The Hong Kong government has promised it will “actively follow up” on reports that China’s military has occupied an area in Sha Tau Kok, the city’s border region.
It was first reported on Monday that Chinese border guards were seen occupying a tract of land measuring 21,000 sq ft on the Hong Kong side of the border. Since 2012, the parcel of land, which is privately owned in Hong Kong, has been transformed into an agricultural “green garden.”
The government issued a statement on Monday evening saying that it was concerned about the matter.
“The Chief Secretary for Administration, Mr Matthew Cheung Kin-chung, this afternoon chaired an interdepartmental meeting, involving the Development Bureau, the Security Bureau, the Constitutional and Mainland Affairs Bureau and other related departments, to understand and discuss the matter,” the statement read.
The government added that the Lands Department and the police conducted site inspections on Monday, and were reviewing past land boundary records, aerial photos and work records.
The land tract is located in Hong Kong’s Frontier Closed Area and is about 900 metres northwest of Sha Tau Kok Immigration Control Point. Drone footage shot by investigative news unit Factwire has shown soldiers dressed in fatigues hauling rubbish bins over a bridge spanning the border.
Asked about the issue on Tuesday morning, Chief Executive Carrie Lam said she had no updates and the government will release more information when possible.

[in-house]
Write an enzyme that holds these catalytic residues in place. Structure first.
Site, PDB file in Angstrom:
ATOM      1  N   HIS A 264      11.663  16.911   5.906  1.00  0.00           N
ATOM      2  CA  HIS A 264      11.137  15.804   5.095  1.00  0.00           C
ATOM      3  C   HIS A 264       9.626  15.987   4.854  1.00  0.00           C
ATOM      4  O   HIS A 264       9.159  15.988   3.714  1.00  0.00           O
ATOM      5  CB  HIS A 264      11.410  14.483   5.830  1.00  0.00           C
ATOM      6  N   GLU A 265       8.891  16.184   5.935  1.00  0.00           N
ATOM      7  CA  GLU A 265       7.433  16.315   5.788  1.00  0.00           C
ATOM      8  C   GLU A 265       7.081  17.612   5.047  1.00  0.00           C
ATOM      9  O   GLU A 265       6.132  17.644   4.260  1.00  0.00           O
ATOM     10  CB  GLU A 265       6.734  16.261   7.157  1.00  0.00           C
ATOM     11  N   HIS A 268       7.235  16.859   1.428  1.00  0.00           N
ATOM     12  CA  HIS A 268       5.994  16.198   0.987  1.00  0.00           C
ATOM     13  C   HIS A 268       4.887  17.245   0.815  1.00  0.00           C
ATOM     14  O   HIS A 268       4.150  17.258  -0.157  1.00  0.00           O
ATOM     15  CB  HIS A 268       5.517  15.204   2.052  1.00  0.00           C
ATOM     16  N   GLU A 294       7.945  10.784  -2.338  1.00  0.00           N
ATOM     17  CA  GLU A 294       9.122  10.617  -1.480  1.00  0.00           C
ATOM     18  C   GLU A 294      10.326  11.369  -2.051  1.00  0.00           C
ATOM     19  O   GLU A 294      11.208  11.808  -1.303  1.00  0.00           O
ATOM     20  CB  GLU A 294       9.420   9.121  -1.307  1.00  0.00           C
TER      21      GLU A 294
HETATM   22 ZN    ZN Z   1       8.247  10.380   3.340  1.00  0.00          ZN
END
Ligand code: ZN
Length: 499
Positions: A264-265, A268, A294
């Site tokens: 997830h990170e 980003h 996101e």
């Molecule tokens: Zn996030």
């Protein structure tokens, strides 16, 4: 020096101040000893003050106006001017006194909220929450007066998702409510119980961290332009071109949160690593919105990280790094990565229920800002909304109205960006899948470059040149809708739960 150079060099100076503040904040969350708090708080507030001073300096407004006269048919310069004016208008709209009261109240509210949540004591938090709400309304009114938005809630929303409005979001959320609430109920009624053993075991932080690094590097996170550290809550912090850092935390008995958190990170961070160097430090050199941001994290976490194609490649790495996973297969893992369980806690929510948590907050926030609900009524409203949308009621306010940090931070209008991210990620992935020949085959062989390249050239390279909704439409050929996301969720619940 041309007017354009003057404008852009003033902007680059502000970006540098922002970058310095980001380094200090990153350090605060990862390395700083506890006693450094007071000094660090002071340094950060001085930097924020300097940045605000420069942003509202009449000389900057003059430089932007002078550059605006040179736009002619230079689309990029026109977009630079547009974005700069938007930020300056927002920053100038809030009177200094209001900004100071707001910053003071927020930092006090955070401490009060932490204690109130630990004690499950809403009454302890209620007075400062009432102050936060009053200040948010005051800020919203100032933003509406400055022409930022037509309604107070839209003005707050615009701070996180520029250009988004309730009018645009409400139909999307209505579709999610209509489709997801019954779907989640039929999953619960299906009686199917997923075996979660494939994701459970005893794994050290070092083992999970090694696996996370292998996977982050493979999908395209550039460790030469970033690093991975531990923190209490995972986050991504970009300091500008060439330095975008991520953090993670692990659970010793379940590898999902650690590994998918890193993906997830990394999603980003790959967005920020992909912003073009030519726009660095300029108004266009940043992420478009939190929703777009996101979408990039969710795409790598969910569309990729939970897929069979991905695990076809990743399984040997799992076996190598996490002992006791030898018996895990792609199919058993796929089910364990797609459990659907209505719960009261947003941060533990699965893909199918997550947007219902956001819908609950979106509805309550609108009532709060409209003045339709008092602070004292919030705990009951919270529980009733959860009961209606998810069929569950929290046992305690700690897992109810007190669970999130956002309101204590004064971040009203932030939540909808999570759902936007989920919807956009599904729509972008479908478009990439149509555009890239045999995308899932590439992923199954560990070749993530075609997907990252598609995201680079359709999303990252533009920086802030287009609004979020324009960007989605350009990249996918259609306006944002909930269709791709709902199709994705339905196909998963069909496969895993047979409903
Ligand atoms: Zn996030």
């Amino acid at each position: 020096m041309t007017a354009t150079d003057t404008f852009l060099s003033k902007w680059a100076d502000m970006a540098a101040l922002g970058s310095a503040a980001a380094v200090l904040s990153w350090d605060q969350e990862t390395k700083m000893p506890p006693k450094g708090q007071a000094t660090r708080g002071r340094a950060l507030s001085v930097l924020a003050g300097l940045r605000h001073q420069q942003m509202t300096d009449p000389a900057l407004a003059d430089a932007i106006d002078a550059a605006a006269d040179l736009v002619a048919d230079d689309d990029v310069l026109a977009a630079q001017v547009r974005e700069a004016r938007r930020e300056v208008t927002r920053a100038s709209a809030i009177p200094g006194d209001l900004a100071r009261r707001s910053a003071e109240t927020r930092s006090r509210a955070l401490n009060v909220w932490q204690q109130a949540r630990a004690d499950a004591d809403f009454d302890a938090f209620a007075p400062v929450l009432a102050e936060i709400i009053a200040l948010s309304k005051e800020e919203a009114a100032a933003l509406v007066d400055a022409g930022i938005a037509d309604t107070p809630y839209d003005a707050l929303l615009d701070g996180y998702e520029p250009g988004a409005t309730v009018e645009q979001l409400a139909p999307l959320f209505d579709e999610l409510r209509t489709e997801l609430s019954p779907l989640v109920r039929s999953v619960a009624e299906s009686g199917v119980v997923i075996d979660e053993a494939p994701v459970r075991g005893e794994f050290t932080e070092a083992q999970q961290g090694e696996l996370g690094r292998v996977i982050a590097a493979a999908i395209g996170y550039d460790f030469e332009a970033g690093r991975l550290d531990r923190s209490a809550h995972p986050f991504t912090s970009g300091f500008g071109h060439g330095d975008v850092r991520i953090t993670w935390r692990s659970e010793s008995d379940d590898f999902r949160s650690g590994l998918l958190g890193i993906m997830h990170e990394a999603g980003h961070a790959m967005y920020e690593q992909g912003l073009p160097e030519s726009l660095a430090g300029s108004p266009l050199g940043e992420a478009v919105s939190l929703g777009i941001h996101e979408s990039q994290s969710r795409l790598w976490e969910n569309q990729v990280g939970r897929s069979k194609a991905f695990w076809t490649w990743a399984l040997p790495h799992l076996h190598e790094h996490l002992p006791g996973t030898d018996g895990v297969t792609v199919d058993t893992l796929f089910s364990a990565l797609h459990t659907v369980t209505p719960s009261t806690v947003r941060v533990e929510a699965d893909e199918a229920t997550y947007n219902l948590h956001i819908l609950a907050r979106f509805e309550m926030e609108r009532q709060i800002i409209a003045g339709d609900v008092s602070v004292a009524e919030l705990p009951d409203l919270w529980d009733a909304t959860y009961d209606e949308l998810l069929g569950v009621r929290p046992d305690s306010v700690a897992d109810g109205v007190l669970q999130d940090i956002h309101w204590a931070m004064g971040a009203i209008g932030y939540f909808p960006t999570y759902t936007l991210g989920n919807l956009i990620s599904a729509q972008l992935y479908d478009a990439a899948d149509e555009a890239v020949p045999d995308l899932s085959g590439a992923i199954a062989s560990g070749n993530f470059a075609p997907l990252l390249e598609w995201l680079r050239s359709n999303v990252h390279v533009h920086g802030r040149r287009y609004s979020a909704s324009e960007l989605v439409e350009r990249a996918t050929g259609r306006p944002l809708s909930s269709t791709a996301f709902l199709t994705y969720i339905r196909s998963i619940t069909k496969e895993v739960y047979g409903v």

‘Hole’ in the border
Deputy Chair of the Legislative Council Panel on Security James To said on Tuesday that he was “very disappointed” the government had not yet given more details.
“How can we tell the international community that Hong Kong has ‘One Country, Two Systems’?… We can’t,” To said.
“There is a hole [in the border] and it is so obvious and blatant… I don’t know if there are some unlawful groups within the People’s Liberation Army, that would conduct smuggling or other clandestine activities,” he added.
The Civic Party held a protest on Tuesday demanding action from the Security Bureau.
Civic Party lawmaker Kwok Ka-ki said that Shenzhen border officials had breached the boundary of Hong Kong as defined in the Basic Law. He also said that the practice had been ongoing for six years, and questioned whether the Hong Kong government was lenient in its law-enforcement.